Engineering Tools to Promote and Characterize Wnt-Mediated Stem Cell Differentiation

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Stathos, Mark
Kane, Ravi S.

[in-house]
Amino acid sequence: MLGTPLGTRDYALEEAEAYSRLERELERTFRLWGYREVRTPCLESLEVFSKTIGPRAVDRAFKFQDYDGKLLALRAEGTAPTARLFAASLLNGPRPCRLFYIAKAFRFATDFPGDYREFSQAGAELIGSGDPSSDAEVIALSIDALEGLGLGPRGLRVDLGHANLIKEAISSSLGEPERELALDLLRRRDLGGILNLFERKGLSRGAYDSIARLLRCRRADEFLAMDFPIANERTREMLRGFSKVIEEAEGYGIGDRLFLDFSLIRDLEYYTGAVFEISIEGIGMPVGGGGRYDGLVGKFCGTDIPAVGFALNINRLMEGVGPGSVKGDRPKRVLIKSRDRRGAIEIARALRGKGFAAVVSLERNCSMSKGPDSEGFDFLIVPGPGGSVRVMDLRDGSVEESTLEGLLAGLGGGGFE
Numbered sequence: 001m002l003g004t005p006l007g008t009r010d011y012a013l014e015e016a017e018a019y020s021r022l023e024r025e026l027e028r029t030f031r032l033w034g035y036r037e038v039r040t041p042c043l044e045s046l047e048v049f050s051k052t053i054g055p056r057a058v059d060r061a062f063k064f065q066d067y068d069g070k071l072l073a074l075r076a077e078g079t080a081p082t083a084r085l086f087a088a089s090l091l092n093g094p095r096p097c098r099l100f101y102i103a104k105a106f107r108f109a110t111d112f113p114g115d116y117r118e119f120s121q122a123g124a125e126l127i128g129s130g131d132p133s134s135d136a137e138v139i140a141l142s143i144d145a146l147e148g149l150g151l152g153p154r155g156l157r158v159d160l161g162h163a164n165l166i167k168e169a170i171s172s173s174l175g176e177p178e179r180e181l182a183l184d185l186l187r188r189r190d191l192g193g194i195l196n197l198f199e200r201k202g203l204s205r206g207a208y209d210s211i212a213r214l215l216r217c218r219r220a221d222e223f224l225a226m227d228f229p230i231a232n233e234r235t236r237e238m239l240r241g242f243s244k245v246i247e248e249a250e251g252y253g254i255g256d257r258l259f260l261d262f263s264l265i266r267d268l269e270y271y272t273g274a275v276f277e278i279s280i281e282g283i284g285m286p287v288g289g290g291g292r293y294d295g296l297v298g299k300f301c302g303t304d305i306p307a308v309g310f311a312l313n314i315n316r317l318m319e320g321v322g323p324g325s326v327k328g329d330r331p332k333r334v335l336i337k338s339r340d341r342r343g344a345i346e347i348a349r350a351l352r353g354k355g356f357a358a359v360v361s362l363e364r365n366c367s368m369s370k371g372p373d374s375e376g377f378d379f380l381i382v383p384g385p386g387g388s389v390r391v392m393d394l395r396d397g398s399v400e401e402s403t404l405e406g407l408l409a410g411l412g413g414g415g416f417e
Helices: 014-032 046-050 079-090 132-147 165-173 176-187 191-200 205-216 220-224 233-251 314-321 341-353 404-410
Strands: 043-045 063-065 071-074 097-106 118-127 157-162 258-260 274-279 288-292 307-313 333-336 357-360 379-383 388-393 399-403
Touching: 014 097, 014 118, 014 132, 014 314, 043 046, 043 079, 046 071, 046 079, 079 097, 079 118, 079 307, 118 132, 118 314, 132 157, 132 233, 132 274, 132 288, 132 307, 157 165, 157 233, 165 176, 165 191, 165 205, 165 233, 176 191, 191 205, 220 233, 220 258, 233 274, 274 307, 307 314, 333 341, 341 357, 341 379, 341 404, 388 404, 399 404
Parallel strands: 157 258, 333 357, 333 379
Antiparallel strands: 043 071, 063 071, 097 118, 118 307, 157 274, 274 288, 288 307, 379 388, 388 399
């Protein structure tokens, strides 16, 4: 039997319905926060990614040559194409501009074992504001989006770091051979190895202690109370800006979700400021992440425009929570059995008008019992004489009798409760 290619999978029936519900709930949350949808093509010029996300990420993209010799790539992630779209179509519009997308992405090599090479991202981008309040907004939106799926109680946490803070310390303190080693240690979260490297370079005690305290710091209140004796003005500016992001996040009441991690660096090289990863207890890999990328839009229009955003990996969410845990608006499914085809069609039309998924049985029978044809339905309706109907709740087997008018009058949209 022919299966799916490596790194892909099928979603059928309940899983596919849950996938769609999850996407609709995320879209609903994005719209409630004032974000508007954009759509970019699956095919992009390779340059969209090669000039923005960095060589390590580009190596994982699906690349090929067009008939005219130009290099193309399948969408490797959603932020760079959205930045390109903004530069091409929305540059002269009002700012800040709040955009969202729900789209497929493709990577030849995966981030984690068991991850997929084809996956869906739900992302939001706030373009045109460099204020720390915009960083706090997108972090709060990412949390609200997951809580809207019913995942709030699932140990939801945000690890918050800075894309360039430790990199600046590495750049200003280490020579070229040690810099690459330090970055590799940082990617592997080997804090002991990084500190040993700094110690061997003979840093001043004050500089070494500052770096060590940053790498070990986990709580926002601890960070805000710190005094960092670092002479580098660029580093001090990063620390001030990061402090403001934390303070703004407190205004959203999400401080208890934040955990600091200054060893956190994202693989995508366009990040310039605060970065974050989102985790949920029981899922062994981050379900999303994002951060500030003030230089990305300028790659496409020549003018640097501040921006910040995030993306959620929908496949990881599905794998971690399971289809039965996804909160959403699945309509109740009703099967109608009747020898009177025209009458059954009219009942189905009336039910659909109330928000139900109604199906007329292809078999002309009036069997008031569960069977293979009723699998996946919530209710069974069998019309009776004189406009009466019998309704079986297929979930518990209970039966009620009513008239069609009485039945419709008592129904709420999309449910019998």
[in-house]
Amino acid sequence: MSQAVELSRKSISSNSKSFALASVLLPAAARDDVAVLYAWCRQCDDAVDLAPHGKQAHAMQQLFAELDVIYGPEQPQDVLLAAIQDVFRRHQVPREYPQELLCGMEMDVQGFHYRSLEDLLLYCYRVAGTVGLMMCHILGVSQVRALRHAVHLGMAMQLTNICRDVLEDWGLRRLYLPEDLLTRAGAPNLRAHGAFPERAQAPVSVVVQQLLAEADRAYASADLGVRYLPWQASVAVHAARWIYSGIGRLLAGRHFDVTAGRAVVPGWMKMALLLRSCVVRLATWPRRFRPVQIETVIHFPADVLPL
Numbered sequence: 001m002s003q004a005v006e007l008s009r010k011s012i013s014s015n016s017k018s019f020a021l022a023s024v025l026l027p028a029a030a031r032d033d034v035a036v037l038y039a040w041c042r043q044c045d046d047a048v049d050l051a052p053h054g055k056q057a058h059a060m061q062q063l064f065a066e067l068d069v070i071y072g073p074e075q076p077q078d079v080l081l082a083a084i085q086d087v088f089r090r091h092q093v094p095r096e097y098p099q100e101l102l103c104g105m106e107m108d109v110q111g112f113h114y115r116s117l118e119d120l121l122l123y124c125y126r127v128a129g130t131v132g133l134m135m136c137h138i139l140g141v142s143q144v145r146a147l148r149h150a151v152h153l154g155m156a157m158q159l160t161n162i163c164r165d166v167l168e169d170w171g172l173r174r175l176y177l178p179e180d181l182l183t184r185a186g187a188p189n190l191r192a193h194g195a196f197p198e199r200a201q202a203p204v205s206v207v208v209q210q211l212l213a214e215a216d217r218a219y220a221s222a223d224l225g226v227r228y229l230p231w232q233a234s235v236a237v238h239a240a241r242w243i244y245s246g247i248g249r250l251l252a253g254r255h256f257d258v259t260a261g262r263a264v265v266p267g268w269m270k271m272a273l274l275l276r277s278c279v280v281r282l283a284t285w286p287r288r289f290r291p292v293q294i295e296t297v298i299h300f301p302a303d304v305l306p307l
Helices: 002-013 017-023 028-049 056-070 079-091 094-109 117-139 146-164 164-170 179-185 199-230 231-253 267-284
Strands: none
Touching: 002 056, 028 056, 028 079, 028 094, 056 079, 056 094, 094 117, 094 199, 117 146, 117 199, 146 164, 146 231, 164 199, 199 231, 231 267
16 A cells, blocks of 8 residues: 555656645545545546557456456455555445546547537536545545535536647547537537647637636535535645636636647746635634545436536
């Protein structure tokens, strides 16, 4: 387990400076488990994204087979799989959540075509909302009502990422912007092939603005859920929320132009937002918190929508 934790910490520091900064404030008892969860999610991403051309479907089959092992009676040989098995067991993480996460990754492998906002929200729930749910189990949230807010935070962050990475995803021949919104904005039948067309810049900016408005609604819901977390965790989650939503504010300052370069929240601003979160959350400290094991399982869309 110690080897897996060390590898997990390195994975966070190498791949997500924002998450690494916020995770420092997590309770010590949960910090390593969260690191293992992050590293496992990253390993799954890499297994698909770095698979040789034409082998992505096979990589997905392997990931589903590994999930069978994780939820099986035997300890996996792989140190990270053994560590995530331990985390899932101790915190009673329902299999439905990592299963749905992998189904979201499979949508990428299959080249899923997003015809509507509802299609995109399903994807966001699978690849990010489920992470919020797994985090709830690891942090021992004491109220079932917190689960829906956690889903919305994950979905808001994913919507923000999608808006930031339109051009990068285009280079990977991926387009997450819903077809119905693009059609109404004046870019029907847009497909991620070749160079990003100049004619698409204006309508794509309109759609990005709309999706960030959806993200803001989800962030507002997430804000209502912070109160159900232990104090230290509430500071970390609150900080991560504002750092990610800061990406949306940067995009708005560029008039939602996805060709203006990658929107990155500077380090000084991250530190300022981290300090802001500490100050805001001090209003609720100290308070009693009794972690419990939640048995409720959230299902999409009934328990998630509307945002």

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The Wnt signaling pathway plays an important role in the development of many tissues in the body from the earliest stage of the process. However, the mechanisms of the Wnt pathway and the roles it plays in development remain incompletely understood. This is in part due to the complexity of embryonic development and in part due to the hydrophobicity of Wnt ligands. To overcome issues associated with the use of natural Wnt ligands, we have developed a heterodimer of Fabs which bind to the Wnt co-receptors LRP6 and Frizzled. We have shown that this dimer can activate Wnt signaling with an efficacy comparable to that of the natural ligand. To elucidate the mechanisms of downstream events in the Wnt pathway, we constructed a kinetic model consisting of a system of ordinary differential equations. We fit this model to empirical time course data derived from Western blots of HEK293T cells treated with Wnt. From this fit we were able to gain insights into how the intracellular levels of the Wnt pathway component β-catenin are regulated. To better characterize the downstream effects of Wnt signaling during the manufacturing of therapeutic cells, we also generated CRISPR/Cas9 edited reporter iPSC lines which are designed to detect the expression of Wnt-regulated marker genes with high specificity. Luminescent signals produced with the help of luciferase secreted by these cell lines during directed differentiation into cardiomyocytes permit continuous non-destructive monitoring of the manufacturing process. These cell lines could potentially guide process optimization and enable production of cardiomyocytes with a more mature phenotype.
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